They want to believe.
That is, the thousands of UFO disclosure activists, who have been clamoring for the federal government to release evidence of extraterrestrials, purportedly covered up since the first half of the 20th century.
Two petitions — totaling more than 17,000 signatures — requested the government to disclose any and all documents pertaining to extraterrestrial contact with humans garnered a response that probably disappointed the erstwhile Fox Mulders.
On Friday, a member of the White House’s Office of Science and Technology Policy denied covering up evidence of contact with aliens in response to an online petition submitted on the White House’s website.
“The U.S. government has no evidence that any life exists outside our planet, or that an extraterrestrial presence has contacted or engaged any member of the human race,” the statement read.
The response directs petitioners toward several projects aimed at uncovering evidence of extraterrestrial life, including the Mars Science Laboratory, the SETI Institute and the Kepler spacecraft, but states the government has “no credible evidence of extraterrestrial presence here on Earth.”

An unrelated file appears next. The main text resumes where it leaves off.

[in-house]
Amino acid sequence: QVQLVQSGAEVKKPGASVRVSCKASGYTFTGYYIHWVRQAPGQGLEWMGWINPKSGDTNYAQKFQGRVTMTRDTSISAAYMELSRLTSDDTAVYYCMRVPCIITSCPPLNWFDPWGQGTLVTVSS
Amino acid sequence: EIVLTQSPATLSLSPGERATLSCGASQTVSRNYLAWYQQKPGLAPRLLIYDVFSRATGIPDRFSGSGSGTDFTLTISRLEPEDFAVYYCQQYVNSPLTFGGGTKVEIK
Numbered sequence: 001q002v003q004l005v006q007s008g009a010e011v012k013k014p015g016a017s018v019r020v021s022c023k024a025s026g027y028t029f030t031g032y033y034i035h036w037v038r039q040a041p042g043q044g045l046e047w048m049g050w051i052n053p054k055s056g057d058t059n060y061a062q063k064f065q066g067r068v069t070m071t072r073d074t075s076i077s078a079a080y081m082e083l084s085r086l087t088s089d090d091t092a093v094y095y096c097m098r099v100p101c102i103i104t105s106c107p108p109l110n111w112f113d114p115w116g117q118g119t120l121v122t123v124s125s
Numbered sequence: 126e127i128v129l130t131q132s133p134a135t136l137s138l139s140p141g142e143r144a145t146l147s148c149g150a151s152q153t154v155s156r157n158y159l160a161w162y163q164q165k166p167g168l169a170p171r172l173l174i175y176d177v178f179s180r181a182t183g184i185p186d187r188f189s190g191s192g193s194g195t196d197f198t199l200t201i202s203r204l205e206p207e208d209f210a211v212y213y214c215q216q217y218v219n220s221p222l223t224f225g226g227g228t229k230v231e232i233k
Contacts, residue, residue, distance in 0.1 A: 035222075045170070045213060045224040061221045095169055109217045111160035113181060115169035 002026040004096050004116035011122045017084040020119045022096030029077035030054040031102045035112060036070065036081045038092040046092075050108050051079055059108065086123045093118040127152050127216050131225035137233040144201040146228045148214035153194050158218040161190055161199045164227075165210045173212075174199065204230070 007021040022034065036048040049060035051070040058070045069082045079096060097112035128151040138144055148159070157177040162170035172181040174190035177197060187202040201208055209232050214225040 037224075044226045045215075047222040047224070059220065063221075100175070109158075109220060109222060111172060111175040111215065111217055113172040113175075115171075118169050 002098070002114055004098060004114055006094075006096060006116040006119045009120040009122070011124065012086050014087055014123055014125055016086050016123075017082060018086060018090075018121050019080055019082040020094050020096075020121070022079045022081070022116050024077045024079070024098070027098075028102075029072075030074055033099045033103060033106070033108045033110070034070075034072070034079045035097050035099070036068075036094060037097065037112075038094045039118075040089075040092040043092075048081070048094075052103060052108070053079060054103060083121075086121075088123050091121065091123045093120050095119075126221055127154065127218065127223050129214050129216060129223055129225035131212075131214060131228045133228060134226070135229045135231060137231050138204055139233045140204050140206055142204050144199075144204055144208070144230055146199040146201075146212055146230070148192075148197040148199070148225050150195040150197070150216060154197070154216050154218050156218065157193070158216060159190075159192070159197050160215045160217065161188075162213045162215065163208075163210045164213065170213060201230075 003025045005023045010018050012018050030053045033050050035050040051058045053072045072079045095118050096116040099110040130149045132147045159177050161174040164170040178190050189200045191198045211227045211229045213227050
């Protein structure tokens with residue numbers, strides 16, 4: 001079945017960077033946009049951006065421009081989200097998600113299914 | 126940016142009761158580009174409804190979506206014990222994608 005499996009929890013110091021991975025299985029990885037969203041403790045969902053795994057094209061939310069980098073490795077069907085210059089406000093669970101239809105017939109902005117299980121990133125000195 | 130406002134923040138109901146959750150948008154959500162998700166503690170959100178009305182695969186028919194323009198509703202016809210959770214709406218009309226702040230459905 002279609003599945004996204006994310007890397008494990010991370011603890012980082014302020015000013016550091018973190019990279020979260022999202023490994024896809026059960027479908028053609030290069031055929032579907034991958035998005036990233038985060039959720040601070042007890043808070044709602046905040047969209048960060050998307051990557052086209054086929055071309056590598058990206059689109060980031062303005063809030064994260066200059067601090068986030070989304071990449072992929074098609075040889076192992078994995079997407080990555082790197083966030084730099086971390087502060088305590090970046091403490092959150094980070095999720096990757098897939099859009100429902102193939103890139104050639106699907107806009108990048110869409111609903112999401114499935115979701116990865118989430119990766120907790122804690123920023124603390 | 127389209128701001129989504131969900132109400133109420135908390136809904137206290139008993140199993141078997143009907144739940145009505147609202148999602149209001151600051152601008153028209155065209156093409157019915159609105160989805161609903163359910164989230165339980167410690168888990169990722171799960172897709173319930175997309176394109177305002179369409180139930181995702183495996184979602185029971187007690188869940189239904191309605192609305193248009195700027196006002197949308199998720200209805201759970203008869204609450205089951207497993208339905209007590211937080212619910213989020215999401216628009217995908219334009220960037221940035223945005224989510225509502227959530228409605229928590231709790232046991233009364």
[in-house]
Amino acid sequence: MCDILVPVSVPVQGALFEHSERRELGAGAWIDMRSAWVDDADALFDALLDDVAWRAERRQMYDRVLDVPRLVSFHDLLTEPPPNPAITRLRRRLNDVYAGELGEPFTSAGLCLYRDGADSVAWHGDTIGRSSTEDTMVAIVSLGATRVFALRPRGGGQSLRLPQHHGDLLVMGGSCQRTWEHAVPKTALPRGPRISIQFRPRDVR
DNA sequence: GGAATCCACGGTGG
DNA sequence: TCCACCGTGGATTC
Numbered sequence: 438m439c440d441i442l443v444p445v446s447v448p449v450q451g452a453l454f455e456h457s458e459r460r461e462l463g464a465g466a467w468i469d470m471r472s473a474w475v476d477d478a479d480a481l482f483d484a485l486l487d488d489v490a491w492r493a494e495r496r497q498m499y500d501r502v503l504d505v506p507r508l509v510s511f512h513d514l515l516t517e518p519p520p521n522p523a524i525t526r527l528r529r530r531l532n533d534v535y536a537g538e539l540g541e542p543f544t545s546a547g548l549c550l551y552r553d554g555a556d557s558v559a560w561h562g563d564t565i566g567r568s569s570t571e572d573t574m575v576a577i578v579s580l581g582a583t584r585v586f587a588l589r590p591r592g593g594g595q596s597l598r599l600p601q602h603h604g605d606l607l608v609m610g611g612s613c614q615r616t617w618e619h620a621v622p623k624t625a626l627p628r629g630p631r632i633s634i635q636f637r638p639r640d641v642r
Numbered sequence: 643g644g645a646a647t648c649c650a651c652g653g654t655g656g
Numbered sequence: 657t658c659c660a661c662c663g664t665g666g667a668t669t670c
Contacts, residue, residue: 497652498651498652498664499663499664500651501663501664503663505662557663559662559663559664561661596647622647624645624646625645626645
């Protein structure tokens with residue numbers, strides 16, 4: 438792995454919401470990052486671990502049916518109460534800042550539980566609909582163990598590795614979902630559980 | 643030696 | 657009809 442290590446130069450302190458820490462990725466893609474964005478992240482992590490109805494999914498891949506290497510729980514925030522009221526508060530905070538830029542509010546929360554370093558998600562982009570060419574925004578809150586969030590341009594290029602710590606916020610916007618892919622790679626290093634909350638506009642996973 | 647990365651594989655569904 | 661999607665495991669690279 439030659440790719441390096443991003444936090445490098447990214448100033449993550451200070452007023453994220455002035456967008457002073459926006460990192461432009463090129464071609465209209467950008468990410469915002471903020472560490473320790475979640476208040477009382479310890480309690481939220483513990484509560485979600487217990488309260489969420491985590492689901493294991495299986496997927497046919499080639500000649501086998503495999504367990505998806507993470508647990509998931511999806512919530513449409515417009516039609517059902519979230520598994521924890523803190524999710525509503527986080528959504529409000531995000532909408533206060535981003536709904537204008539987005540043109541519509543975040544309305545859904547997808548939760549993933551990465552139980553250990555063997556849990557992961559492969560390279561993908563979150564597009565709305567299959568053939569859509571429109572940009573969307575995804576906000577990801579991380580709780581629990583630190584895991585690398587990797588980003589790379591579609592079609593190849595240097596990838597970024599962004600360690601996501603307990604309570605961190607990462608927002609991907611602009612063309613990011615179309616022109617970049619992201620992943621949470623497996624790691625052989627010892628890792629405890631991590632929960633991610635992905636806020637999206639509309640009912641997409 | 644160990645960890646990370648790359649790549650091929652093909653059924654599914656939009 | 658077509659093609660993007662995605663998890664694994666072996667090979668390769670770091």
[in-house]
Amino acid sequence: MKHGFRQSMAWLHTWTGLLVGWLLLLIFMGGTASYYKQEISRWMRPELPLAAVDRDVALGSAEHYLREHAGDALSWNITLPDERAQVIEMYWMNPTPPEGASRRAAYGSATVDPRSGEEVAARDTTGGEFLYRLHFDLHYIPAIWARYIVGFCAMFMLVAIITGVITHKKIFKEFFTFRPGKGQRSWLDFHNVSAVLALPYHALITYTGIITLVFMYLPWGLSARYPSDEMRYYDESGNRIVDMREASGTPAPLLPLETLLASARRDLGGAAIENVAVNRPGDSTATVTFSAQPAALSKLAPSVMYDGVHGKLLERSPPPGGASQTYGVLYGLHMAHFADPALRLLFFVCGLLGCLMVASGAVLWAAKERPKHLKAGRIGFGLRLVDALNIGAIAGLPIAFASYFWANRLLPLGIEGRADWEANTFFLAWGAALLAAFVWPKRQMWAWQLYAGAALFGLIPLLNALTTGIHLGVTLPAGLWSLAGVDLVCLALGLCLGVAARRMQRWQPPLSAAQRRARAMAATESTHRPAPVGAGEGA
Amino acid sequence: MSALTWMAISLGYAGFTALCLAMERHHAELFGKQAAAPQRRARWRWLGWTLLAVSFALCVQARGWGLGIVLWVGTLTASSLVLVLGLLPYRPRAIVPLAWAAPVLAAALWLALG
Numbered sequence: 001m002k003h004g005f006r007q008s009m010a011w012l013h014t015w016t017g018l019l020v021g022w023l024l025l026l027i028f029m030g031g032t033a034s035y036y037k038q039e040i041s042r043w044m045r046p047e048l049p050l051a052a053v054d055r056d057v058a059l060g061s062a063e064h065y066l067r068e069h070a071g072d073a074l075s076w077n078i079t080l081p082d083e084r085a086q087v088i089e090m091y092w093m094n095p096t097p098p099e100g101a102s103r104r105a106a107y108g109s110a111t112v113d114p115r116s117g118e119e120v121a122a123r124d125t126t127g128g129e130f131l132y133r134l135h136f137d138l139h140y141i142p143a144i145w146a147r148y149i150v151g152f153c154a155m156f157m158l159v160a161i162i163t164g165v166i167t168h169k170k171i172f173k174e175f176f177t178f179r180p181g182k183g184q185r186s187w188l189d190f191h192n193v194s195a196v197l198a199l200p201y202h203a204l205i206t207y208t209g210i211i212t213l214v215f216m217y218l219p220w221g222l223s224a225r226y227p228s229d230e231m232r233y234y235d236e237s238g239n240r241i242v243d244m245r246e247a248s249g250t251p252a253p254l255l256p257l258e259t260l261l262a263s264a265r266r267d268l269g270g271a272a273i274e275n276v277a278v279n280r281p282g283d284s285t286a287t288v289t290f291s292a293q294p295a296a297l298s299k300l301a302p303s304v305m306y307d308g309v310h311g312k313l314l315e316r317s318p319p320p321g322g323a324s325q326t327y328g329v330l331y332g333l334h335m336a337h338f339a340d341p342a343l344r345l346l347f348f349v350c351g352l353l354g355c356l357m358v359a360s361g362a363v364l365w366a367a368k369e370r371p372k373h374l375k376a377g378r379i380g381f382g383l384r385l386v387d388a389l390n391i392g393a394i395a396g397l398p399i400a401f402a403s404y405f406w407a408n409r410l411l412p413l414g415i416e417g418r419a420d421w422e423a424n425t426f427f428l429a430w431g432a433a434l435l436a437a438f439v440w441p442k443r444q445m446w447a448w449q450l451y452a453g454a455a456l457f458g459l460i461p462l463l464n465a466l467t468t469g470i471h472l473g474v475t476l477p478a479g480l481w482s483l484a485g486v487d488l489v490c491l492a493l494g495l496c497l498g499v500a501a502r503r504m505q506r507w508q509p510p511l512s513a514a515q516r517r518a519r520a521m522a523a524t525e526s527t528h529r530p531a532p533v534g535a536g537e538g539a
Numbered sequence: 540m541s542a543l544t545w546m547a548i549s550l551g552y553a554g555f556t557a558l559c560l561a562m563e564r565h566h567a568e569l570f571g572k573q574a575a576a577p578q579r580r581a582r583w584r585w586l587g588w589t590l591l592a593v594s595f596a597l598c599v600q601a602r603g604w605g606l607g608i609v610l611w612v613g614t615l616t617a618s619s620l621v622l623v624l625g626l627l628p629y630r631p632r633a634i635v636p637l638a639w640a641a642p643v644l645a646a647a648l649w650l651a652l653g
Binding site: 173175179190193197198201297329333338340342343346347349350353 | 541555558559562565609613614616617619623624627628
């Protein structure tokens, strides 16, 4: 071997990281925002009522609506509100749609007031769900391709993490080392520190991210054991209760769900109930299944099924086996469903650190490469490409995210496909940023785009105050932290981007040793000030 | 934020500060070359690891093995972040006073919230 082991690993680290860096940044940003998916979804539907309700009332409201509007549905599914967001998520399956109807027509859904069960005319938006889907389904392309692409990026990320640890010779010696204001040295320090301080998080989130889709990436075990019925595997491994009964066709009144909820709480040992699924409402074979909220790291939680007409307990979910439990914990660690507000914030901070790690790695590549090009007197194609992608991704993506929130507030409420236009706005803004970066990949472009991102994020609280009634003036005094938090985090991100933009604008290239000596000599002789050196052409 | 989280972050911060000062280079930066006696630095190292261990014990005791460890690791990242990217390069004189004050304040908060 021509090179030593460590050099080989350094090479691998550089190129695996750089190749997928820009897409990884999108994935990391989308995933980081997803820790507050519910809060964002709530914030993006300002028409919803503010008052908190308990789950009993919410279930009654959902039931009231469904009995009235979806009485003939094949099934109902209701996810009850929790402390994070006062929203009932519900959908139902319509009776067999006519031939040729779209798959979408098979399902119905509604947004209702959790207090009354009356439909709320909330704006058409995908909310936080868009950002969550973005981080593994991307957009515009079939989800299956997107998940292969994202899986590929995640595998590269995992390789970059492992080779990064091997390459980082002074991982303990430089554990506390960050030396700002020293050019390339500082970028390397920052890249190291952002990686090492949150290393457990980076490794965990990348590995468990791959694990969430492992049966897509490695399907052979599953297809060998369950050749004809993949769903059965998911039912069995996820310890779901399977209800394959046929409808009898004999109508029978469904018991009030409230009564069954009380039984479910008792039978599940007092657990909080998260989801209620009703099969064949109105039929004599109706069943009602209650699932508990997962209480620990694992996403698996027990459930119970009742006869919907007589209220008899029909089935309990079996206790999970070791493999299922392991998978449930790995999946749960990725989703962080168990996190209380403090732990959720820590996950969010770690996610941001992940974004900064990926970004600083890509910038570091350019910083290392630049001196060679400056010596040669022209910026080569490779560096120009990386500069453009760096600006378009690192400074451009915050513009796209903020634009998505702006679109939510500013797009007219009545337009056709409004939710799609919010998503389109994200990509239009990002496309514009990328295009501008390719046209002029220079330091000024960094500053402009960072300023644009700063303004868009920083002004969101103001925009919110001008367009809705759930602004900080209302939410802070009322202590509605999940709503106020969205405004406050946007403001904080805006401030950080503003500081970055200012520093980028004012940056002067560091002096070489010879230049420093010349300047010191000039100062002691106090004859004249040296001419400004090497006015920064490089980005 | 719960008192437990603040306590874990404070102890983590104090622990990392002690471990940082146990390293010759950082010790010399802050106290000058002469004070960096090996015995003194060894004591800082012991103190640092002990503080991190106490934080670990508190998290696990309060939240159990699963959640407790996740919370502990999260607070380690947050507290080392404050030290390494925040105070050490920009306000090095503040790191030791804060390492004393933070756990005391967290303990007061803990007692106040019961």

But for Michael Salla, UFO researcher and former professor at American University’s Center for Global Peace, the truth is still out there.
“It’s a very predictable response,” he told The Daily Caller. “All government agencies have basically taken a similar line that there is no credible evidence of extraterrestrial life having visited the earth. And that’s been a pretty consistent response for the past 50 years.”
Dr. Salla claims that the White House’s response isn’t necessarily dishonest: Much of the information is classified or has been turned over to private companies.
“The Obama administration’s response should be something like what Bill Clinton did, which is to try to find out which agencies have information. … I can tell from my research that the information has been increasingly privatized, it’s been put into private archives the proprietary control of major corporations like Boeing.”
The White House opened up a can of worms when it opened its “We the People” petitions website. Immediately after it went online, the site was inundated with a myriad of weed legalization activists, animal rights agitators and others. The president promised a response for any petition with more than 5,000 signatures originally, but revised that threshold to 25,000 on October 3.
Some have taken issue with the insipid responses to the petitions, and have launched a satirical petition demanding “a vapid, condescending, meaningless, politically safe response to this petition.” It has more than 10,000 signatures.